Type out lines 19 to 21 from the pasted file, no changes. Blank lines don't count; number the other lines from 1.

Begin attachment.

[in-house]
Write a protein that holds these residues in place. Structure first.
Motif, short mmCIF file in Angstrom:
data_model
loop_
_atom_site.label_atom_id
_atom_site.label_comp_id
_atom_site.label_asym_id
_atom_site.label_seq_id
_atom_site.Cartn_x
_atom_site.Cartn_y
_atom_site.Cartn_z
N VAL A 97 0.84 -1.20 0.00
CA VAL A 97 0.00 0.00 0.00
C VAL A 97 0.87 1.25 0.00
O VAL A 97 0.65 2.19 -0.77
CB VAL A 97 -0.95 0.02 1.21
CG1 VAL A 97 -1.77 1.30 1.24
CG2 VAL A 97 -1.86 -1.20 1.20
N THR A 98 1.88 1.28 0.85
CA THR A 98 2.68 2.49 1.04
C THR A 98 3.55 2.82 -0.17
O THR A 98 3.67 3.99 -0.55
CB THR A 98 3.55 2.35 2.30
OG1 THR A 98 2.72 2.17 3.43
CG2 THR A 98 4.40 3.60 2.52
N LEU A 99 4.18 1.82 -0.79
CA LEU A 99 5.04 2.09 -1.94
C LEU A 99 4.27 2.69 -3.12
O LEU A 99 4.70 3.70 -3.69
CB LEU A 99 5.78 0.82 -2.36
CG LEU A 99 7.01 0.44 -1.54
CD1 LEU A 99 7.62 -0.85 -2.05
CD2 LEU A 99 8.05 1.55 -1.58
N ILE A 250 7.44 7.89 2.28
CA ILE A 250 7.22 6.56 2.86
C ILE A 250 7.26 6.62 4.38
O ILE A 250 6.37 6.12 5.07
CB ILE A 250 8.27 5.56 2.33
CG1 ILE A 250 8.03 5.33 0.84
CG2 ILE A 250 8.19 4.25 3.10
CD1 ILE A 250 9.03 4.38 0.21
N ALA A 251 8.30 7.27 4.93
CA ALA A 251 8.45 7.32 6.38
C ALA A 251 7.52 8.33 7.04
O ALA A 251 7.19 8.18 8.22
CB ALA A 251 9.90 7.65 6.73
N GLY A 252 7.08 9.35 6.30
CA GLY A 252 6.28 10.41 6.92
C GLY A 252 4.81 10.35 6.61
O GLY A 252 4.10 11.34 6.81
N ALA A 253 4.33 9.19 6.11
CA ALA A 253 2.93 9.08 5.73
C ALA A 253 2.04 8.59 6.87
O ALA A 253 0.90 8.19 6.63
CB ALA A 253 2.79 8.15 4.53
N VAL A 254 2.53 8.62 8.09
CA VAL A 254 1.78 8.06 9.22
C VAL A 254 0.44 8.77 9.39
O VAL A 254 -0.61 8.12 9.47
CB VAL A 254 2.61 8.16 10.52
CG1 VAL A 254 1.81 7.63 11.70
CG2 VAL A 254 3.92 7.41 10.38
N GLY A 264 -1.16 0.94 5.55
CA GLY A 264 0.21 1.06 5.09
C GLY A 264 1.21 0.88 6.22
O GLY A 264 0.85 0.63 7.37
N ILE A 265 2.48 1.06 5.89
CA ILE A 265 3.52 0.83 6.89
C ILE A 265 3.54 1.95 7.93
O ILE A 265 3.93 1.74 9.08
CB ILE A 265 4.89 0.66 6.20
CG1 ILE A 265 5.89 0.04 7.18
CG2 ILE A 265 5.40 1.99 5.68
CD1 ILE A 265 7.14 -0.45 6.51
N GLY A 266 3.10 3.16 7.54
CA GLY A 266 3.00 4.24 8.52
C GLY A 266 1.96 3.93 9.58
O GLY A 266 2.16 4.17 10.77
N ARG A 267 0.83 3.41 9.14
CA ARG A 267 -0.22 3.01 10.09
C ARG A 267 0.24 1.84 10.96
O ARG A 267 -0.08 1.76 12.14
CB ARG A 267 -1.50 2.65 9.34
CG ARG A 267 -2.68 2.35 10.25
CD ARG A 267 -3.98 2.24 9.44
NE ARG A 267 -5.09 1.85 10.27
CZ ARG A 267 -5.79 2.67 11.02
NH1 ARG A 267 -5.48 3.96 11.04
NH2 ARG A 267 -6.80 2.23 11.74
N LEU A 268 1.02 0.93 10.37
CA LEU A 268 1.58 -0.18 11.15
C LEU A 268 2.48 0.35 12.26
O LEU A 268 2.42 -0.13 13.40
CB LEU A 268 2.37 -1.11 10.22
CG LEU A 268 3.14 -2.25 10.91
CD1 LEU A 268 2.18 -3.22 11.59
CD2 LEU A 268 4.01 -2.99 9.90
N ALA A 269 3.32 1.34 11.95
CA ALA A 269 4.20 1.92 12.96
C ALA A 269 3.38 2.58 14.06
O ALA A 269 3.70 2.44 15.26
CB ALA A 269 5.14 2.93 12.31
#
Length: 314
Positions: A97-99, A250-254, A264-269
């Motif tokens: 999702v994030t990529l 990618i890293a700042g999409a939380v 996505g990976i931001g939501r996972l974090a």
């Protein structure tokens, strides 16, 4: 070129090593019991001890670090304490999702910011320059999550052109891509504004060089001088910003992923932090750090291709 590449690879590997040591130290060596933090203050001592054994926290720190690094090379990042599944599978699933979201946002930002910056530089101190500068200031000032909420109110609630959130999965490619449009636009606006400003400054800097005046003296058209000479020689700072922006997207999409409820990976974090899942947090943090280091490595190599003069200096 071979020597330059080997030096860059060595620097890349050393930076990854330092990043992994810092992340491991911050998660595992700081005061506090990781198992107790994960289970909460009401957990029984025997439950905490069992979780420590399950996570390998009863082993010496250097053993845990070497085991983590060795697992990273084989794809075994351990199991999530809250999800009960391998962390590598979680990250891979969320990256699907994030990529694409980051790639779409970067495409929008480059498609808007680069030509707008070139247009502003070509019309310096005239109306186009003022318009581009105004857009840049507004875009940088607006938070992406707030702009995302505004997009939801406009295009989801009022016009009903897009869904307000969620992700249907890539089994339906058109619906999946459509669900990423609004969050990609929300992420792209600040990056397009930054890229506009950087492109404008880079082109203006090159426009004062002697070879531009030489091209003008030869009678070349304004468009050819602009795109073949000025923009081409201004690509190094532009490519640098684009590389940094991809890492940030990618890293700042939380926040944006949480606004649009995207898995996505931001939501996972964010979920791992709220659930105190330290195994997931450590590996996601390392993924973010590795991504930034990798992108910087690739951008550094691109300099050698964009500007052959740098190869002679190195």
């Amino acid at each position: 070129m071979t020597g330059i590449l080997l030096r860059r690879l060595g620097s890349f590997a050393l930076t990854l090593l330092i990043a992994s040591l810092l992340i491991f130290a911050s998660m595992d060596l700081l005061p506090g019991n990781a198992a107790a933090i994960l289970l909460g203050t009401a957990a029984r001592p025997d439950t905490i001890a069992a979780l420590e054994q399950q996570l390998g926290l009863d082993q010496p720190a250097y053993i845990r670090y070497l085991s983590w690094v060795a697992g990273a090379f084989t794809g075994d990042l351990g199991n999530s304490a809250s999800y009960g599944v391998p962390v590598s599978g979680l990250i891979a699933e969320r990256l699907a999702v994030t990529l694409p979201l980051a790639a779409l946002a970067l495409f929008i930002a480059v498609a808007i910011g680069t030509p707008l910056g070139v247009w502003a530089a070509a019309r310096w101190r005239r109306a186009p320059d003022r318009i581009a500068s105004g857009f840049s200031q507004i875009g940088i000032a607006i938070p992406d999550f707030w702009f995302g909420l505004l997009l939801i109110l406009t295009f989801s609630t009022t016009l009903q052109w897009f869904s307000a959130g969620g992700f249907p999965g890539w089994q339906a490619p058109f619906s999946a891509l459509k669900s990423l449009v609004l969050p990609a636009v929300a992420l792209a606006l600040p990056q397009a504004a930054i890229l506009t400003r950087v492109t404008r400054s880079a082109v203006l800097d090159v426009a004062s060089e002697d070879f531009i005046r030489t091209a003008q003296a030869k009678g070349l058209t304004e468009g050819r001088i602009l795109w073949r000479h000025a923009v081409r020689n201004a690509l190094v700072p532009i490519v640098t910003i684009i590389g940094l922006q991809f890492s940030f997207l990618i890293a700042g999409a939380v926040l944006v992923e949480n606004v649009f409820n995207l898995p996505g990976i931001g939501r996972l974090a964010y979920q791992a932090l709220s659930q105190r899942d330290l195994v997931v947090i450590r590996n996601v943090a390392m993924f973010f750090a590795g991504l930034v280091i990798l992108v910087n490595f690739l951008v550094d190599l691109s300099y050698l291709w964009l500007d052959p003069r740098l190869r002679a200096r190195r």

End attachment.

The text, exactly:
CG2 VAL A 97 -1.86 -1.20 1.20
N THR A 98 1.88 1.28 0.85
CA THR A 98 2.68 2.49 1.04